It was Star Wars Day (May 4) on Monday, so I’ve been in a Star Wars mood this week. It seemed like a good time to go over the most recent entry in the franchise, The Rise of Skywalker.
I love Star Wars. I have since I was a kid. I was already a die-hard fan by the time the prequels came out; for all their flaws, I was always excited to go see them in the theater. When Episode VII came out (right around my birthday, no less), my friends and I went to an all-day, big-screen marathon of the entire franchise, culminating in the debut of The Force Awakens–an experience I still consider one of the best days of my life. I care a lot about this franchise, is what I’m saying. So, naturally, I was as excited as anyone to see how it (or at least the Skywalker-centric portion of it) would end.
Unfortunately, the ending we got didn’t live up to my hopes.
I should preface this review by saying a few things. First of all, I adore The Last Jedi. I know it’s divisive among the fanbase, but I love that it tries to shake things up. I love how Rey and Kylo develop; I love the introduction of Rose; I even love Luke’s self-imposed isolation, and his gradual realization that it was the wrong choice. I think the film took risks and was all the better for it.
Secondly, I’m a big fan of the new Expanded Universe. When Disney acquired the rights and announced they were purging the old EU (now branded Legends), I was excited. I had always been interested in the EU, but by the time I was old enough to get into it, it had already been going for decades. It felt too overwhelming to try to penetrate. A new EU, though? One I could jump into from the beginning? Heck yes, sign me up. I’ve loved the shows, comics, and books I’ve read in the Disney era.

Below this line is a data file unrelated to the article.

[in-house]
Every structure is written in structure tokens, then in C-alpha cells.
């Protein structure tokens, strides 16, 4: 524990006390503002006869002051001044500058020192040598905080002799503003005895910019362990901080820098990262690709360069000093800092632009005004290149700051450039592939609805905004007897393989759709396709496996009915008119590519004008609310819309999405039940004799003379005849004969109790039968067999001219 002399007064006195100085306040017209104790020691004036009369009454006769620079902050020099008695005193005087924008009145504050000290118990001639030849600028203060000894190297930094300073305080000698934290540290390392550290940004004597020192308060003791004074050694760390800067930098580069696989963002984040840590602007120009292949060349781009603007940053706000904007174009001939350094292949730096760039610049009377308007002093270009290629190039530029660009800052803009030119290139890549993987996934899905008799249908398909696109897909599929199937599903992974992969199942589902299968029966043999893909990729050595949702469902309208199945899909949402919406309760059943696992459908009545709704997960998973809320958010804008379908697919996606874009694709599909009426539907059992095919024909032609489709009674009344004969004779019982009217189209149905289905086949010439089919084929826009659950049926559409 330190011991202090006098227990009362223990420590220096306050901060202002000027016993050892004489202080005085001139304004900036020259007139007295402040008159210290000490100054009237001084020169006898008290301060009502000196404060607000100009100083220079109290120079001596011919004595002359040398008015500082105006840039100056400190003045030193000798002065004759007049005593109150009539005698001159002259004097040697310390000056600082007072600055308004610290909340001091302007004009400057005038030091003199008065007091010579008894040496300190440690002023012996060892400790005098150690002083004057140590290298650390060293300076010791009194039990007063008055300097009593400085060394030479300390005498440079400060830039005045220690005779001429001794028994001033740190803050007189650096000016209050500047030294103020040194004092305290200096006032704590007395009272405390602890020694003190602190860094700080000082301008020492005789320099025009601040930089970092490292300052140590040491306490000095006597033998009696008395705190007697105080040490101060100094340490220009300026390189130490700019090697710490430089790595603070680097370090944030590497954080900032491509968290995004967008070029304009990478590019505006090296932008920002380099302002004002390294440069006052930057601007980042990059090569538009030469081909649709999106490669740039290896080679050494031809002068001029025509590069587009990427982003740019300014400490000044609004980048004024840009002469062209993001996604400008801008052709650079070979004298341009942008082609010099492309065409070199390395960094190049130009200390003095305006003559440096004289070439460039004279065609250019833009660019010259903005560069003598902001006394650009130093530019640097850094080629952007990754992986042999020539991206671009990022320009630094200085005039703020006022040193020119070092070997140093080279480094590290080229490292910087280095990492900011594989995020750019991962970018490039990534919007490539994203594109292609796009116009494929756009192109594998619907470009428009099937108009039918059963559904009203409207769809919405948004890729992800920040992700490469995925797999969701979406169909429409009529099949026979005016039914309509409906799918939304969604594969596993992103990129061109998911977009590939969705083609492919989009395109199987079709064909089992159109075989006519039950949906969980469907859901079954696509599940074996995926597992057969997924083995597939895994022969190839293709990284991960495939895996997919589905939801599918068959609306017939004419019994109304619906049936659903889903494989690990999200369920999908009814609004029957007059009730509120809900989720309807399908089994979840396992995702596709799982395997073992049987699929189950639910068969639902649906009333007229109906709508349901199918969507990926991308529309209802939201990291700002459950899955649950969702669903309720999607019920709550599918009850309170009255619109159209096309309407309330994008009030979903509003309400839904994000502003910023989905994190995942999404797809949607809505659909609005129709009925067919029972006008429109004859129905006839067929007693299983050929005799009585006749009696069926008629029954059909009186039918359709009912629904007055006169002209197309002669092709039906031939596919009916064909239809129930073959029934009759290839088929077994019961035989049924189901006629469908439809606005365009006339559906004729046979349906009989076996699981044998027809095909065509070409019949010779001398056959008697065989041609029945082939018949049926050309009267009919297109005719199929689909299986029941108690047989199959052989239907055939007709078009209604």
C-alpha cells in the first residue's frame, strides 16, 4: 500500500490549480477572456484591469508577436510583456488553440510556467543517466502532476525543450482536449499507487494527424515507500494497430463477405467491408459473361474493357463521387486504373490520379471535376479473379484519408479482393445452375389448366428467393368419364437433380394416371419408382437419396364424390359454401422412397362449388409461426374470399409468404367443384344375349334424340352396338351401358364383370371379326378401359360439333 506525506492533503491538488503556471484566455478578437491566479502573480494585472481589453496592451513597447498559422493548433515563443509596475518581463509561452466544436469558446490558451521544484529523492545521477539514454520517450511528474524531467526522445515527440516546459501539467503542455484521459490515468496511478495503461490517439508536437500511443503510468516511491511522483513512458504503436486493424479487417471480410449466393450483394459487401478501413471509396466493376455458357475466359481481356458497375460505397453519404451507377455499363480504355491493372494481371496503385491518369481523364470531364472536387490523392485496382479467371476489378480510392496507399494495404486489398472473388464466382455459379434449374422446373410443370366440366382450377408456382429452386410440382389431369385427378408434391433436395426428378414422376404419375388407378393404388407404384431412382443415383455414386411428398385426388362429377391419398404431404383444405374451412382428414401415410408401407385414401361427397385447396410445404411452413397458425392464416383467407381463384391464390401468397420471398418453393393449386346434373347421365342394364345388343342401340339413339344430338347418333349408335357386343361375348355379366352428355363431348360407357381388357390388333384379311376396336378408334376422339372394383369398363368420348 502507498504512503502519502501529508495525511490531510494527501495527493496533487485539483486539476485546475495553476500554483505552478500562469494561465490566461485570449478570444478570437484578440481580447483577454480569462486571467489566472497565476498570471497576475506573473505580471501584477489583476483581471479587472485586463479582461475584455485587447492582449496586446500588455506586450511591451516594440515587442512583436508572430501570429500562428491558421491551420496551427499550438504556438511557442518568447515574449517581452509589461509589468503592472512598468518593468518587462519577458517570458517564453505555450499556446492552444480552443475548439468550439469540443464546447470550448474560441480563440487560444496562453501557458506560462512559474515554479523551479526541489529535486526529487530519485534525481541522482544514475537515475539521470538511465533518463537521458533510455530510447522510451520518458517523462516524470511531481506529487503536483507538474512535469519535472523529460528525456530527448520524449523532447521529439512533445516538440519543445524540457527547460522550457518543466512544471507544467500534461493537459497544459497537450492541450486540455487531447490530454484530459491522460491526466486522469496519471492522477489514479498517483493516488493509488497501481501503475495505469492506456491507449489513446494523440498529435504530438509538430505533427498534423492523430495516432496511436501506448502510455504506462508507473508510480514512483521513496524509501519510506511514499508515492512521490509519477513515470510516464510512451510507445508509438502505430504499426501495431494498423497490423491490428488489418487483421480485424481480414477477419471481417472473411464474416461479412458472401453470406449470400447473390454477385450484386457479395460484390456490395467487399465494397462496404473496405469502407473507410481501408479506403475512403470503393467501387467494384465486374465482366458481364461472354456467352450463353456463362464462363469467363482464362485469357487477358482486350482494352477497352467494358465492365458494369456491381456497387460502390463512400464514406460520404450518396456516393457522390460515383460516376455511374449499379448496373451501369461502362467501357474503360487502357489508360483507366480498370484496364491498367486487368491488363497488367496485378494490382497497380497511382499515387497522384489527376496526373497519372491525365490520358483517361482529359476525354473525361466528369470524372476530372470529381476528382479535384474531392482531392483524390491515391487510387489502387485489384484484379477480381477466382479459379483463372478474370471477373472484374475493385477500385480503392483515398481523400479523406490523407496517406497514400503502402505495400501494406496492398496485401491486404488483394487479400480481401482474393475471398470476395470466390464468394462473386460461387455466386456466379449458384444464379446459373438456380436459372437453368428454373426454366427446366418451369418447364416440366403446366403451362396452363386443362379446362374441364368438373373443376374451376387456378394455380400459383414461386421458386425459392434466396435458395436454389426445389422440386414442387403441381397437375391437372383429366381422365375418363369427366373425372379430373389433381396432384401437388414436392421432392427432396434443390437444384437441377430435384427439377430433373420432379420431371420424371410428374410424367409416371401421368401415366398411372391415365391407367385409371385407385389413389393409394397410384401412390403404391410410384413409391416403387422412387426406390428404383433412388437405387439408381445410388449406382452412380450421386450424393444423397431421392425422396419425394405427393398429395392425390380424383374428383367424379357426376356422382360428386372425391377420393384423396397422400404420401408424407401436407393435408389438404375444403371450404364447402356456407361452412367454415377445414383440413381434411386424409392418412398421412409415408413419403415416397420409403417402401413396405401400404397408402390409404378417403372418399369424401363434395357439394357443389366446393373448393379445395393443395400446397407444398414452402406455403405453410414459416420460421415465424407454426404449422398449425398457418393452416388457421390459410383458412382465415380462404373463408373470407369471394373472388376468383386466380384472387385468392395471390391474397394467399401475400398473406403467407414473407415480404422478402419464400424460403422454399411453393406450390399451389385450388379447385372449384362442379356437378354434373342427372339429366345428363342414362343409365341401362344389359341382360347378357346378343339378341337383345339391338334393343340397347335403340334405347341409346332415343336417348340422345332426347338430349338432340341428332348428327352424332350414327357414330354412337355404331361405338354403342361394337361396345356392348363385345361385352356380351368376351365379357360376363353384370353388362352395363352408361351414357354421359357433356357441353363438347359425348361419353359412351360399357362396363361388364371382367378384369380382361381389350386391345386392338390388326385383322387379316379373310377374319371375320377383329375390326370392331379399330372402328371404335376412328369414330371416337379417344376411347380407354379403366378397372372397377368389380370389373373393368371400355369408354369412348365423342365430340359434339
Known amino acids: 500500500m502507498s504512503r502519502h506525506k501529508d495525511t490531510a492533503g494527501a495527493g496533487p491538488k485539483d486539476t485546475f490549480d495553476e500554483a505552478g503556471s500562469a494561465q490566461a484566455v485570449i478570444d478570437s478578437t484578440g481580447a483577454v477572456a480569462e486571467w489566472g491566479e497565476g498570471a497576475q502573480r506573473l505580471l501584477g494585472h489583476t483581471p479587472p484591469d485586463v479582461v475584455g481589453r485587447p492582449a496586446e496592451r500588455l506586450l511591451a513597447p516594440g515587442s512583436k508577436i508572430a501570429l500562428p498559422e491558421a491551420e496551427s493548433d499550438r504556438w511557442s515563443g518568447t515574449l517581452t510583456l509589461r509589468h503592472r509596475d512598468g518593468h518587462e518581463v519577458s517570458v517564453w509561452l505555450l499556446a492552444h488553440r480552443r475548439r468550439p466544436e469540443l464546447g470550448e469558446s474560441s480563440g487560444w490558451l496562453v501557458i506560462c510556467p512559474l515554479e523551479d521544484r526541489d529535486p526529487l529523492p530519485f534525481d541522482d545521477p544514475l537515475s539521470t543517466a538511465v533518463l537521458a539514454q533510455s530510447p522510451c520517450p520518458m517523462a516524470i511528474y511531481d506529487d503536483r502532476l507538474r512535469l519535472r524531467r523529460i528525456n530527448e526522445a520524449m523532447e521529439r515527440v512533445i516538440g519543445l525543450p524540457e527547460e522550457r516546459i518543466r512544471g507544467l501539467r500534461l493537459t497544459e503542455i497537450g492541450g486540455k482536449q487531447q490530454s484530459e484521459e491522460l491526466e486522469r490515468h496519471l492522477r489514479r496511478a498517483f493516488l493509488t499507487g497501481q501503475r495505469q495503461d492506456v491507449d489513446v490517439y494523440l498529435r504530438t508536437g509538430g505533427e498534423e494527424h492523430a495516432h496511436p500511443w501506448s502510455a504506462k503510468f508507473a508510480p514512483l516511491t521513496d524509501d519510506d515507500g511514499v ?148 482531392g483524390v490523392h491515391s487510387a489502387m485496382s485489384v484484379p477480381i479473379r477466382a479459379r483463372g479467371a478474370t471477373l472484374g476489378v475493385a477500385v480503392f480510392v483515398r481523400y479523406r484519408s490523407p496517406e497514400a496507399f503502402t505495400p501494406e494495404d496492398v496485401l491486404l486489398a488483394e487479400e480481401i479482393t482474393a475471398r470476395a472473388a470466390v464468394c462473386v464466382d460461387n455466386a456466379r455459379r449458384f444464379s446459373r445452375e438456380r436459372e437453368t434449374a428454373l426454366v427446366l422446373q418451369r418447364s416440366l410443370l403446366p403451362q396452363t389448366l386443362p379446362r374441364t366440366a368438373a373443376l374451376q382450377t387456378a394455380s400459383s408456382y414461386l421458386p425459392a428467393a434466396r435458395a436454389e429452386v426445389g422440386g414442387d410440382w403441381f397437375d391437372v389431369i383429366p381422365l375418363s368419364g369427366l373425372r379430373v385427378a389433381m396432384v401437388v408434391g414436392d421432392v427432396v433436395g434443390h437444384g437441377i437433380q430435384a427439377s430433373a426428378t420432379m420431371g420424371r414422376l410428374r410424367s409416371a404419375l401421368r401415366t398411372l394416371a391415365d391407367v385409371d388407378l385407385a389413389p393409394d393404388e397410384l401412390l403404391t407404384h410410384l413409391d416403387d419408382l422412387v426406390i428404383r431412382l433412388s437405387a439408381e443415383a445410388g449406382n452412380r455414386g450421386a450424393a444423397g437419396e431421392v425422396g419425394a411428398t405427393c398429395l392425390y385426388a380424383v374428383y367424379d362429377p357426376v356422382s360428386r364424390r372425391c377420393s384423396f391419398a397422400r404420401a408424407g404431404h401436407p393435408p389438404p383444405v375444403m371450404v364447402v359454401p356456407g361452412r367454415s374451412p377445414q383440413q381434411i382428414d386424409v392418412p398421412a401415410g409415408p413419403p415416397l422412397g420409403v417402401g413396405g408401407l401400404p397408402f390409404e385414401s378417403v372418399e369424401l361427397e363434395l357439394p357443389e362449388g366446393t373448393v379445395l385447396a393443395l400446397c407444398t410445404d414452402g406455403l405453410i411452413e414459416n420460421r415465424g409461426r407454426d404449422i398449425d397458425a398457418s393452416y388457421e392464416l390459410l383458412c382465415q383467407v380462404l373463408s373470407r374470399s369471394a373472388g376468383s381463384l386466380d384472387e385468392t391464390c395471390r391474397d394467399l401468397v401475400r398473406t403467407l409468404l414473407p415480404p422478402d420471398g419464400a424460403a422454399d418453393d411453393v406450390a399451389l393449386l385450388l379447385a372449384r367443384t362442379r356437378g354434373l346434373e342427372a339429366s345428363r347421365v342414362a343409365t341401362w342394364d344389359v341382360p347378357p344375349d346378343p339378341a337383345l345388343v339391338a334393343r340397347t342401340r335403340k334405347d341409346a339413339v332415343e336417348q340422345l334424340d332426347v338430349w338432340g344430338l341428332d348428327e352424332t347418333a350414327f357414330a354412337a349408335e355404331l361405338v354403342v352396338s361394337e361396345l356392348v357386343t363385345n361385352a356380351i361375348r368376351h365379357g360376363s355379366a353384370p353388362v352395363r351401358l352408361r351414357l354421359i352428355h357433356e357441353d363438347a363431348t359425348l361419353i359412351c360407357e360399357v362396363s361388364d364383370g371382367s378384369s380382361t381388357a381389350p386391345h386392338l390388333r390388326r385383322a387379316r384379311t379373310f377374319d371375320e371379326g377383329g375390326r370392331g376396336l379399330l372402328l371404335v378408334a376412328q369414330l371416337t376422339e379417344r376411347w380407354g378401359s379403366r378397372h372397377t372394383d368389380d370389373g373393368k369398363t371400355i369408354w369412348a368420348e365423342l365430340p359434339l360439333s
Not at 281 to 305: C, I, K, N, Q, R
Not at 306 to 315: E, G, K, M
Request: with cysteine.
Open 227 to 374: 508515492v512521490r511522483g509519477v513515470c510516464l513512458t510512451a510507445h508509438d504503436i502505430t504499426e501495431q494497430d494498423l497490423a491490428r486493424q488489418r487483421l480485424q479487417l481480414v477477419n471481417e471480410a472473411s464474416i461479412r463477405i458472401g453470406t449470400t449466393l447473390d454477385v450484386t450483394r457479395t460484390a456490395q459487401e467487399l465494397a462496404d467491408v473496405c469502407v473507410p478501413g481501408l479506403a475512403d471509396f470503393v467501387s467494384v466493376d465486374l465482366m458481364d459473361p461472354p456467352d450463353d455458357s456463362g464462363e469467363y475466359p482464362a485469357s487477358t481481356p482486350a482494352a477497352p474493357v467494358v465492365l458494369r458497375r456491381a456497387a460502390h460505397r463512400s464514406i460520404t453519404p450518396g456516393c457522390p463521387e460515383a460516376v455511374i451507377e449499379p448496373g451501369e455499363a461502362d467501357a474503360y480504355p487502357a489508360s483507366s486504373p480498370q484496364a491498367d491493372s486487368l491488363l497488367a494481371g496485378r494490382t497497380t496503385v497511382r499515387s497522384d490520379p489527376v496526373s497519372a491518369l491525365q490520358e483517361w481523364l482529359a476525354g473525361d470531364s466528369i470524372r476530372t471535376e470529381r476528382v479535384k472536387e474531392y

More than anything else, it was these two things that led to my disappointment in Rise of Skywalker. It’s a film that desperately does not want to be the sequel to The Last Jedi, on top of completely disregarding the EU. Oh, and to anyone who says (as I have frequently seen argued online) that director J. J. Abrams “had no choice” but to do the movie this way because “there was nowhere to go after Last Jedi,” no. That’s a completely ridiculous argument. At the end of TLJ, the Resistance needs rebuilt, Rey has the Jedi texts and could theoretically begin gathering and training new Jedi, Kylo had become completely unhinged, there could be unknown repercussions to Snoke’s death… any one of those threads could’ve formed the basis of the next film.
Instead of exploring any of that, though, Rise of Skywalker takes an immediate wrong step by announcing in the opening crawl (yes, it’s not even a decent on-screen reveal) that hey, Palpatine is back! Turns out he isn’t dead (somehow) and he actually was Snoke, or was responsible for Snoke (somehow), and this whole trilogy has been part of his machinations all along (somehow). Don’t get me wrong, I love Palpatine as a villain, but this is a terrible twist. It’s executed poorly, it retroactively lessens the impact of Anakin’s redemption and sacrifice (I guess he didn’t kill Palpatine and restore balance after all, huh?), it’s boring (turns out the bad guy is… the same old bad guy we’ve been dealing with for decades), and it completely messes up threads the EU has been setting up for years–without getting into it too much, the EU establishes the First Order as being an Imperial fragment that is specifically opposed to how Palpatine ran things, with further implications that there were beings in the Unknown Regions that even Palpatine feared who may have had a hand in the First Order’s rise. But, uh… psych! It was all just an elaborate smokescreen by the Emperor, I guess.